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Microsoft's Bing Gets a New Look, Offers New Functions

Edward C. Baig
Wednesday, 16 May 2012 | 10:10 AM ET
Bing homepage
Source: bing.com
Bing homepage

In the real world, when folks decide where to eat, what to buy, which movie to go see and so on, they frequently seek the recommendations of friends and so-called experts. Three years after launching its "Decision Engine," Microsoft is overhauling Bing to make its online search engine more social. Though it's taking a different path, Bing's strategy resembles that taken by rival Google, still the dominant player in search.

As part of the new Bing, people you know, and in some cases, strangers, are more prominently featured in the decision-making mix that includes Facebook and other networks.

I generally applaud Microsoft's approach. But not everything in this still-early-stage preview is working smoothly . For one thing, I ran into trouble getting all the new Bing features to show up on the Mac's Safari Web browser (which Microsoft says is related to the version I've been testing and will be fixed). For another, I want to see more users actually have access to the revamped Bing to more fully unleash its potential.

You can check out the changes for yourself at Bing.com/new, but consumers must still wait a few weeks for all the latest features to be made available.

When you type in your actual search query, you're exposed to Bing's clean new three-column design interface that takes in information from traditional Web pages, enthusiasts, bloggers and yes, your friends.

The left panel is where you'll find the kind of results you've come to expect from a major search engine such as Bing or Google. When I typed in "sushi new york city," I got a typical list of results.

Things start to look different in the center column, the space reserved for the "snapshot," where Bing pulls in relevant contextual resources from across the Web. In the sushi example, a map appeared in the snapshot with locations for some of the restaurants listed in the left column (a number appears next to the restaurants whose locations are pinpointed on the map.)

When I specifically searched the name of one popular restaurant, Nobu, the center snapshot column displayed star ratings and links to reviews from Citysearch, Urbanspoon and TripAdvisor. There was a map here, too, with directions or a street view. The center column also listed Nobu's hours of operation, and included a photo you could click to "step inside" for a tour. A handy link lets you make a reservation through OpenTable.

In a search on "The Avengers," the snapshot included the movie trailer, film length, parental rating, plot synopsis, director and cast, as well as links to reviews from Moviefone, Rotten Tomatoes and Fandango.

Snapshot doesn't fire up for every search, which makes sense. I didn't love that ad-sponsored results otherwise filled the space.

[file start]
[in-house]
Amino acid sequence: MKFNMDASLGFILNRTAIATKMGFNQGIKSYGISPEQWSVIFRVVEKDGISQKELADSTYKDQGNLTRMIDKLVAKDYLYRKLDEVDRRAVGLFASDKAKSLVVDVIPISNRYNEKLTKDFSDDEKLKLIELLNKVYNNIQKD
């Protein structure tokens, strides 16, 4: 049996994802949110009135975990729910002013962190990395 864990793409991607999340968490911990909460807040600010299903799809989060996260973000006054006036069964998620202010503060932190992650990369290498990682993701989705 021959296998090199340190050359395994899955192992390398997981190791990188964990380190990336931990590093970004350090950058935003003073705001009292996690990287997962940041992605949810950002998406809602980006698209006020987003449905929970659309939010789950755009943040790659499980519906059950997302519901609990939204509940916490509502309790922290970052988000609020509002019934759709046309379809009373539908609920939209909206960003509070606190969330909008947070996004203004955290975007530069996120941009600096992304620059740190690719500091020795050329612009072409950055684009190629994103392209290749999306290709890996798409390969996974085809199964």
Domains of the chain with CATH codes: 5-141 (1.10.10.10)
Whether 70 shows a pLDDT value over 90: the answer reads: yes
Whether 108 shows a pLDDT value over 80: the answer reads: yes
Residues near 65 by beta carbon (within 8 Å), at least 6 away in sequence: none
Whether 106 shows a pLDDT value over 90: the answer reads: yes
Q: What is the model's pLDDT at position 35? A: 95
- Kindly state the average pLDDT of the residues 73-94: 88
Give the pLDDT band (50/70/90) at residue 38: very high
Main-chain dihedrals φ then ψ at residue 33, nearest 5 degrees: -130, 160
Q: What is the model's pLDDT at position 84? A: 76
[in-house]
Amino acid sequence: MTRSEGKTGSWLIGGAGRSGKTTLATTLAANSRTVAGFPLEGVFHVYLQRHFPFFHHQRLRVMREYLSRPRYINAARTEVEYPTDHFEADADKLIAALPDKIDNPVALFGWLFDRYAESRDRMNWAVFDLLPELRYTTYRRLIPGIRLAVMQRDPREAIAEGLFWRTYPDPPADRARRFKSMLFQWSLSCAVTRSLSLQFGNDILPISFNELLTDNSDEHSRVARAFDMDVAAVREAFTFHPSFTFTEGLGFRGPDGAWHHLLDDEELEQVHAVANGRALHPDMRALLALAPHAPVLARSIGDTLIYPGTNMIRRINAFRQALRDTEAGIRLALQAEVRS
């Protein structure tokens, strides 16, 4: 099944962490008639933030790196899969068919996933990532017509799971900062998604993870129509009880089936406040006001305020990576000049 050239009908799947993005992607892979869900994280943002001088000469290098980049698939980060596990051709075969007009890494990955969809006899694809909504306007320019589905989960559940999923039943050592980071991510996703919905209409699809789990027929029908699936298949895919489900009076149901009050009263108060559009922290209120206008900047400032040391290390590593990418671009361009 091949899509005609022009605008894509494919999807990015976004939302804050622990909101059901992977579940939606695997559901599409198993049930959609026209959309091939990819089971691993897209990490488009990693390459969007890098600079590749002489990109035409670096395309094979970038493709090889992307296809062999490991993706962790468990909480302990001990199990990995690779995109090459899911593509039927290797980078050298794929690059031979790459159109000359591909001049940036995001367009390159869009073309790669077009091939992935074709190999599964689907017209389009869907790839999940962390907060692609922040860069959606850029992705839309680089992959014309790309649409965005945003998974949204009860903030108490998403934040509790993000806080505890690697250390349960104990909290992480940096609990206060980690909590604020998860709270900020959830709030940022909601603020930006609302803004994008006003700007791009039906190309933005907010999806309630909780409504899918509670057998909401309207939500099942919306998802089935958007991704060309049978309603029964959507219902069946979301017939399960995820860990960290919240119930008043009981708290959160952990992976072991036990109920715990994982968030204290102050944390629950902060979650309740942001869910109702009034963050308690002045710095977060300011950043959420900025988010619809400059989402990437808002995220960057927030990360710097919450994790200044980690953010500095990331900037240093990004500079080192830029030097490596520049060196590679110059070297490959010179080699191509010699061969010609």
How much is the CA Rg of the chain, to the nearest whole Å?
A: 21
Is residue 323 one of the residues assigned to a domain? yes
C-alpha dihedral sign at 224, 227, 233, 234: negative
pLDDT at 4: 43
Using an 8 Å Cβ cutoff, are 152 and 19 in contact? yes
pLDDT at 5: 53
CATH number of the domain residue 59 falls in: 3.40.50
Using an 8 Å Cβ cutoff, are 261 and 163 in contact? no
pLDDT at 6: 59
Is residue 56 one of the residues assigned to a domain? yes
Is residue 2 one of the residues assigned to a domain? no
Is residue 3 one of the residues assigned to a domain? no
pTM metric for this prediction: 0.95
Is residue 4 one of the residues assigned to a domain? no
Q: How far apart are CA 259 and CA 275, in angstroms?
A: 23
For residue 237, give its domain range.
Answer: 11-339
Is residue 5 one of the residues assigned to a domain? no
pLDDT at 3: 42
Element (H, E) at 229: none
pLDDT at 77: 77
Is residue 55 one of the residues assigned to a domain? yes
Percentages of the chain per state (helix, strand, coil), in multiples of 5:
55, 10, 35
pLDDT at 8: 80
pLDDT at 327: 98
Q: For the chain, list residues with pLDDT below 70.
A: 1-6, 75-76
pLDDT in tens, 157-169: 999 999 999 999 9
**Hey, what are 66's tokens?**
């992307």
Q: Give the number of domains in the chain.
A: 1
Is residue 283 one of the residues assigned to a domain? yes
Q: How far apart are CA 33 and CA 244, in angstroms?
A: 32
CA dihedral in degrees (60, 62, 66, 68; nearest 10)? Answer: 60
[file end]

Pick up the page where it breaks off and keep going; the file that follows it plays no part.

The third column on the right reveals the social "sidebar," probably the most significant addition to Bing due to its heavy reliance on people. Depending on the query, you'll see some combination of the following: "Friends who might know," your pals on Facebook who might lend some expertise because of where they live; photos they may have posted; or what they "liked" on Facebook. You may see a "People who know" section, featuring presumed experts and influencers.

Because not a lot of people have access to the new Bing, Facebook friends who showed up in the sidebar weren't necessarily the best ones to help me find sushi. Hovering over one friend revealed his "like" of an Italian eatery, but nothing remotely Asian. Moreover, my sushi search didn't uncover experts, unlike a "seafood Boston" query, which listed local bloggers and foodies.

Meanwhile, a search on "Bill Gates" listed Gates himself in the "People who know" section. Hovering over his name led me to his latest tweets.

Bing should theoretically improve as it gains users and Microsoft adds new partners. The company says you might see results from friends in Quora, Foursquare, LinkedIn, even Google+.

Earlier this year, Google unveiled its own social search efforts through something called "Search, plus Your World," which incorporates posts and pictures from friends on Google+ and places them in the midst of search results. Its reception was mixed. Microsoft through the sidebar prefers keeping social connections separate.

From within the Bing sidebar, you can post questions to Facebook friends or respond to questions from others, and see responses in an "Activity feed" or on Facebook itself, as when I asked for recommendations of trendy restaurants I could get into on short notice.

In any query, of course, the more relevant the search information, the better. So much the better if that relevant info comes from a friend or social connection.

The bottom line

Pro. New design incorporates "social search" through Facebook and others.

Con. Still in preview mode. I had trouble getting it to work on Mac; not all features are ready yet.

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